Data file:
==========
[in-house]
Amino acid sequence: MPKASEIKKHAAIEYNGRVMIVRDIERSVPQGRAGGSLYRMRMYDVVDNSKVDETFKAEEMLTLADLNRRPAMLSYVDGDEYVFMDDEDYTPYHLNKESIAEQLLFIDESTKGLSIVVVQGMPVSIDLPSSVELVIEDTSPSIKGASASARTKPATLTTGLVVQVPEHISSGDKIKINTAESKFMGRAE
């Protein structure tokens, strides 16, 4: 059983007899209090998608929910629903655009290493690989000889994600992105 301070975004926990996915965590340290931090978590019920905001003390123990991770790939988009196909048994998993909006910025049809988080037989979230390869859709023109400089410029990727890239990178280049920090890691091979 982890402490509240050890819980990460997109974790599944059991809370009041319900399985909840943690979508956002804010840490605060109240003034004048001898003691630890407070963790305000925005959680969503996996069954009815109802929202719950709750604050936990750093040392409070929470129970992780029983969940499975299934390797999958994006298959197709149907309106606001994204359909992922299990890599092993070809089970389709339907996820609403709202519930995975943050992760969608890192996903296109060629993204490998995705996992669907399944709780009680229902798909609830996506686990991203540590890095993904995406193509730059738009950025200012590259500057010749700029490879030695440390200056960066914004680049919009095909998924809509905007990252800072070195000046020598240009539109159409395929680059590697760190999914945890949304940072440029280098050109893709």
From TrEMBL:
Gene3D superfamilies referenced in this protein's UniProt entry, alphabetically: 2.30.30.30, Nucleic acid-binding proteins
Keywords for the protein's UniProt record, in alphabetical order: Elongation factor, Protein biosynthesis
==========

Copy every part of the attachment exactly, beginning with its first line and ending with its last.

[in-house]
Amino acid sequence: MPKASEIKKHAAIEYNGRVMIVRDIERSVPQGRAGGSLYRMRMYDVVDNSKVDETFKAEEMLTLADLNRRPAMLSYVDGDEYVFMDDEDYTPYHLNKESIAEQLLFIDESTKGLSIVVVQGMPVSIDLPSSVELVIEDTSPSIKGASASARTKPATLTTGLVVQVPEHISSGDKIKINTAESKFMGRAE
């Protein structure tokens, strides 16, 4: 059983007899209090998608929910629903655009290493690989000889994600992105 301070975004926990996915965590340290931090978590019920905001003390123990991770790939988009196909048994998993909006910025049809988080037989979230390869859709023109400089410029990727890239990178280049920090890691091979 982890402490509240050890819980990460997109974790599944059991809370009041319900399985909840943690979508956002804010840490605060109240003034004048001898003691630890407070963790305000925005959680969503996996069954009815109802929202719950709750604050936990750093040392409070929470129970992780029983969940499975299934390797999958994006298959197709149907309106606001994204359909992922299990890599092993070809089970389709339907996820609403709202519930995975943050992760969608890192996903296109060629993204490998995705996992669907399944709780009680229902798909609830996506686990991203540590890095993904995406193509730059738009950025200012590259500057010749700029490879030695440390200056960066914004680049919009095909998924809509905007990252800072070195000046020598240009539109159409395929680059590697760190999914945890949304940072440029280098050109893709």
From TrEMBL:
Gene3D superfamilies referenced in this protein's UniProt entry, alphabetically: 2.30.30.30, Nucleic acid-binding proteins
Keywords for the protein's UniProt record, in alphabetical order: Elongation factor, Protein biosynthesis